IRS Fresh Start Initiative

May 8, 2012

Although most economists now believe that we’re no
longer in a recession, the reality is many taxpayers are still hurting
financially. To offer some relief to these individuals, the IRS has extended
their “Fresh Start” initiative to help those who are struggling to pay their
taxes. There are three components to this expanded relief initiative.

Penalty Relief
Because penalties are typically the biggest factor for a financially distressed
taxpayer when it comes to paying a tax bill, the Fresh Start Penalty Relief
Initiative gives eligible taxpayers an extension of six months to fully pay
2011 taxes. Interest still applies on the taxes from April 17, 2012 until the
tax is paid, but there are no failure-to-pay penalties if the taxes, interest,
and any other penalties are paid in full by October 15, 2012.

Penalty relief is available to taxpayers who are:

  • Wage earners who have been unemployed
    for at least 30 consecutive days during 2011 or in 2012 up to this year’s April
    17 tax deadline
  • Self-employed taxpayers who experience
    a 25 percent or greater reduction in business income in 2011 due to the
    economic slowdown

To be able to qualify for this tax relief, your
adjusted gross income cannot exceed $200,000 if married filing jointly or
$100,000 if your filing status is single, married filing separately, head of
household, or qualifying widower. Your 2011 tax balance may not exceed $50,000.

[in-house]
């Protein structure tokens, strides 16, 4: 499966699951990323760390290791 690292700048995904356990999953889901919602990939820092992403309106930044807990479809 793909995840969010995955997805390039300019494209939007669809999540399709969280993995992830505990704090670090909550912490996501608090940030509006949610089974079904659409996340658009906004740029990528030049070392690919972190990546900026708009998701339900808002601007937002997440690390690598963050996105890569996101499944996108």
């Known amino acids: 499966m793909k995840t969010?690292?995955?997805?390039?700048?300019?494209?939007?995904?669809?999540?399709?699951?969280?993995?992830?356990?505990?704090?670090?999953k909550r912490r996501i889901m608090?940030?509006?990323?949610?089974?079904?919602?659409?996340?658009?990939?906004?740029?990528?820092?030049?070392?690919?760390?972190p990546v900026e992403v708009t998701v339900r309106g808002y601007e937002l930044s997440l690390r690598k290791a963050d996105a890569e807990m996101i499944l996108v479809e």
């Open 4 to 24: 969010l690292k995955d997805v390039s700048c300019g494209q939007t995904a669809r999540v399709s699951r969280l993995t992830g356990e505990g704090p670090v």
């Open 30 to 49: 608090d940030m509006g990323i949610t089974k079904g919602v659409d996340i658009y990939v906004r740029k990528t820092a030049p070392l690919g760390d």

Installment Agreements
For taxpayers who cannot pay their entire tax bill by the due date, an installment
agreement is a payment option. Fresh Start gives a greater number of taxpayers
the ability to use installment agreements to catch up on back taxes and more
time to pay.

The threshold for requesting an installment agreement has been raised from $25,000 to $50,000. If your debt exceeds
$50,000, you’ll need to supply the IRS with a Collection Information Statement
(Form 433-A or Form 433-F). You can also pay your balance down to $50,000 or
less to qualify for this payment option.

You’ll pay less in penalties with an installment
agreement, but interest will continue to accrue on the outstanding balance.
Monthly direct debit payments are required as part of this initiative.

Offer in Compromise
The IRS has expanded the Offer in Compromise (OIC) program to help a larger
percentage of struggling taxpayers. An OIC is an agreement between a taxpayer
and the IRS to settle tax liabilities for less than the full amount owed.
Because the IRS acknowledges that many individuals are struggling to pay their
bills, they have enlisted some common sense changes to the OIC program to
better assist those in need. The IRS assesses a taxpayer’s income and assets to
determine their ability to pay.

Are you having difficulties in paying your tax
obligations? Contact the team at Wallace
& Associates
. They can provide you with the latest
information and programs available to taxpayers and advise you on the best
strategies for your specific needs.